There's a shiny black Rolls-Royce in the parking lot, and a blue and gold one searching for a space on the street. This has got to be the place.
So you enter the glass-skinned office building and ride the elevator to the headquarters of KSDO radio. It's just past 9 a.m., time for the "Dave Dawson Show," and there's Dawson in the studio, talking with the man you have come to see. The first look at the Rev. Frederick J. Eikerenkoetter II--known to millions as "Rev. Ike"--does not disappoint.
The black evangelist is wearing a snappy white jacket trimmed in green, emblazoned on the back with the words "Rev. Ike's 1985 $ummer Tour." His complexion is smooth, the color of caramel, and a thin mustache lines his upper lip. His hair is coiffed back, tiny curls glistening with oil. He is adorned with a gold watch, a silver-and-diamond tie pin, a silver bracelet, and a large gold ring studded with maybe 15 diamonds. At least, you assume it's all gold and silver and diamonds--those Rolls-Royces are real.
"Remember that Jesus rode on the Rolls-Royce of his day, which was a borrowed ass," Rev. Ike is telling Dawson and the radio listeners. "And I'm sure if Rolls-Royces were available then, Jesus would have used them."
A commercial break, time for introductions. Rev. Ike is smiling and genial, his voice a soft Southern lilt. "All publicity is good publicity," he says. "Just as long as they spell the name right!"
His laugh is a fast "ha ha ha ha ha."
Rev. Ike--the 49-year-old founder of the United Church, Science of Living Institute Inc., one of the premier "televangelists" of all time, a man often criticized as a charlatan who is ha ha ha-ing all the way to the bank--is making a comeback.
It's not that he ever stopped spreading his particular brand of think-positive, prosperity-is-your-divine-right theology; indeed, his current stay in San Diego is his third such visit here in three years.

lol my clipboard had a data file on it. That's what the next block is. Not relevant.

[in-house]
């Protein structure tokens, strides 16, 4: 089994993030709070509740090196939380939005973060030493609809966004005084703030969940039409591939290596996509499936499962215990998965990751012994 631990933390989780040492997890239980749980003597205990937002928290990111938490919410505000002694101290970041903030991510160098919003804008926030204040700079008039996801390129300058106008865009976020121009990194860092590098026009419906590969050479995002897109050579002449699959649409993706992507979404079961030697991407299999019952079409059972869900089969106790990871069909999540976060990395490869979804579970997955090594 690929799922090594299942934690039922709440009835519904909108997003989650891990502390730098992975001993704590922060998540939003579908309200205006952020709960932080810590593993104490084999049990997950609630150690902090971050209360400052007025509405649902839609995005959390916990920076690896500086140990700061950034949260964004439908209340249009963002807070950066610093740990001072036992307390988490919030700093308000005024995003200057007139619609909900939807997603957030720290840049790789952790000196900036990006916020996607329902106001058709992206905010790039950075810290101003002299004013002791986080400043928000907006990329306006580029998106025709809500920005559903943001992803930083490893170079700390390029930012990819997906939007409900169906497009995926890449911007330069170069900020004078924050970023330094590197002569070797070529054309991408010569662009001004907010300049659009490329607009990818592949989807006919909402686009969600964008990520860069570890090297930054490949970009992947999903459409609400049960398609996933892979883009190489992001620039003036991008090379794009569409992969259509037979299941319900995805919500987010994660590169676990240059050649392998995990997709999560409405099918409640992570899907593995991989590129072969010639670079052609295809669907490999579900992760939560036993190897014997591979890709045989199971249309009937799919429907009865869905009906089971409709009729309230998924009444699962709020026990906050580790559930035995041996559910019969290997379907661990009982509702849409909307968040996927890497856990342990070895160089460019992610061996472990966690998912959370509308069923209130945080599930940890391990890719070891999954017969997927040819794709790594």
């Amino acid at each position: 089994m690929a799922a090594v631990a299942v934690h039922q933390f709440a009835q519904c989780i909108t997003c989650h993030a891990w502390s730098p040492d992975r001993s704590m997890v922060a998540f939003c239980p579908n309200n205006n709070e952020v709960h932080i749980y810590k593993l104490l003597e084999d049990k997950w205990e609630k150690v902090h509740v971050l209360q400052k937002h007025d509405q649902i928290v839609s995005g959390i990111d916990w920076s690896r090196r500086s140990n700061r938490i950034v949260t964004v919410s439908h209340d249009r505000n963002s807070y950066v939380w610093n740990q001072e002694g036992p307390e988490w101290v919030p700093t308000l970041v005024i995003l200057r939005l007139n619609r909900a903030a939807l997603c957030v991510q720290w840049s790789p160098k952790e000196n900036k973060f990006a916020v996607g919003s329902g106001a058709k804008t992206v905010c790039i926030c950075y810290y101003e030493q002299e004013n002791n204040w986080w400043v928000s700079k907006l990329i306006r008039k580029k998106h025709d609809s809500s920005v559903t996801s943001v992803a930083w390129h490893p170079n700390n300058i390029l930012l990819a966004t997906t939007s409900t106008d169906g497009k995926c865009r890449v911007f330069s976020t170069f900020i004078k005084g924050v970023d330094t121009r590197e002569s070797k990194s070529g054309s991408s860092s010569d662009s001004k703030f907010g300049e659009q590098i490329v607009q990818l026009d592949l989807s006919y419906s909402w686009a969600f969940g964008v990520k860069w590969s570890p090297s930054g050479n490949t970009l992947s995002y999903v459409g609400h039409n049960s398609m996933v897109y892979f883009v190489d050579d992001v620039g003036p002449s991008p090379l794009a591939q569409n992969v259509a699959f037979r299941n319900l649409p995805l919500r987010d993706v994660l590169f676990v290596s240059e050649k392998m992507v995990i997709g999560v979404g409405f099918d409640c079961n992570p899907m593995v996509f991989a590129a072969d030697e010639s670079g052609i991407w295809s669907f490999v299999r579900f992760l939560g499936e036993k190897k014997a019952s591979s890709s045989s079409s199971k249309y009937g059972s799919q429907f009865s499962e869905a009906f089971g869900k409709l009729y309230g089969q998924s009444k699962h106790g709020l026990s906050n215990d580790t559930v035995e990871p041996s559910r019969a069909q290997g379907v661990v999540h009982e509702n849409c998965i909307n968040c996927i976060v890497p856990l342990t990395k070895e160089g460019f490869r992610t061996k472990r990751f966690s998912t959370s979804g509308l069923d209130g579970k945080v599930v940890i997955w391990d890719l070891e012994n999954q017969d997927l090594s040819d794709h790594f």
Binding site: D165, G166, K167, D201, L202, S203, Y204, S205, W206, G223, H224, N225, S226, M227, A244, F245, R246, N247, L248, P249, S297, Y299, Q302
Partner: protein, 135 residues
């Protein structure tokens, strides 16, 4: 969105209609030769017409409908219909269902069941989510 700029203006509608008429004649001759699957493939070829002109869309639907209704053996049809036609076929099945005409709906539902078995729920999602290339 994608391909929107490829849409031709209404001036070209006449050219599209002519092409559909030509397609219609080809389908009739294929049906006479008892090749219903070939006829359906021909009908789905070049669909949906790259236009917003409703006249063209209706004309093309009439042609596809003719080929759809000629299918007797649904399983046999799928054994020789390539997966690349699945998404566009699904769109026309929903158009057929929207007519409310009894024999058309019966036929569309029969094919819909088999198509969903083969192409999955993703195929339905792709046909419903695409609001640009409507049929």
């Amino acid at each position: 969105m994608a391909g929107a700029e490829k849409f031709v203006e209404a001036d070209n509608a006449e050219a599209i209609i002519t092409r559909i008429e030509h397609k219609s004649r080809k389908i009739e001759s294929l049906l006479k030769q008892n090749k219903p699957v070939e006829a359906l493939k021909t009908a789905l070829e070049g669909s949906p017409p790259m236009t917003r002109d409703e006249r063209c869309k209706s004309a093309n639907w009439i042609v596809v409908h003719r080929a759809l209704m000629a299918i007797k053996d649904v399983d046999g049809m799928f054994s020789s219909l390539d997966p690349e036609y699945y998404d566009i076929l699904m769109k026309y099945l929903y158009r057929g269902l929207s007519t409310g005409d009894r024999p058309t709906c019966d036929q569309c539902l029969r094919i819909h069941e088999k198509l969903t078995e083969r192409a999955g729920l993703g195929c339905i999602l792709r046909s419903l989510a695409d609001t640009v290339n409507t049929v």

But the peak of Rev. Ike's fame, as he acknowledges, occurred in the mid- to-late 1970s. According to a 1975 New York Times article, 1,770 radio stations across the nation broadcast Rev. Ike's daily messages, and his videotaped sermons appeared in 10 major television markets. He toured the nation like a soul-music star, attracting thousands to his sermons.
While his enemies say Rev. Ike is a greedy sham, there is no doubting that many people found hope in his messages. His "congregation" in the mid-1970s was estimated as 2.5 million--mostly black, but with a wide ethnic representation. Contributions to his church, according to his accountant, totaled millions of dollars, supporting Rev. Ike's opulent life style, including a bi-coastal collection of Rolls-Royces.
The cash flow has never slowed down, he asserts. But for a while, Rev. Ike did. Maintaining his ministry through the mail and over the radio, Rev. Ike says he voluntarily withdrew from TV and touring to devote most of the past five years to teaching in the school at his home-base church in the Washington Heights section of Manhattan, where some 5,000 people regularly attend Sunday services. "It's just something I wanted to do," he says.
Meanwhile, the mushrooming cable TV industry helped other evangelists rise in prominence, including Revs. Jerry Falwell, Jimmy Swaggert and Pat Robertson--and San Diego's Rev. Terry Cole-Whittaker, the recently retired preacher whose vocal celebration of material wealth is a virtual echo of Rev. Ike's own.
But now, Rev. Ike is on the road again. He is test-marketing a new TV show called "The Joy of Living" co-hosted by his Ivy League-student son, Xavier, 20, also known as Rev. Ike II.
Joint appearances with Cole-Whittaker--or Rev. Terry, as she was known to followers--is what had brought Rev. Ike to San Diego in recent years. Now that Rev. Terry has retired, Rev. Ike has returned to offer a deliverance of sorts to her congregation, and provide a home for their orphaned donations.
Indeed, the people coordinating and publicizing his stay in San Diego are former devotees of the Rev. Terry who came to know Rev. Ike during the evangelists' joint appearances. Today, Rev. Ike will deliver a sermon titled "Money! Sex! and Religion! The Three Hang-ups of Mankind!" at 11 a.m. at Golden Hall in downtown San Diego. Admission is free.
"You don't have to pay to get in Sunday morning," Rev. Ike says. "You only pay to get out! . . . Ha ha ha ha ha!" Rev. Ike will be sure to ask for contributions--and those who will proudly hand over $100 or more might be asked to step forward for recognition.
A seminar titled "Remove Your Roadblocks to Money, Prosperity and Happiness!" will be held Monday night at Golden Hall. For that, you pay $15 to get in.
Saturday is a day off. An aide said that Rev. Ike would be looking at real estate. He is thinking of setting up a residence in San Diego, the aide explained, another of many around the country.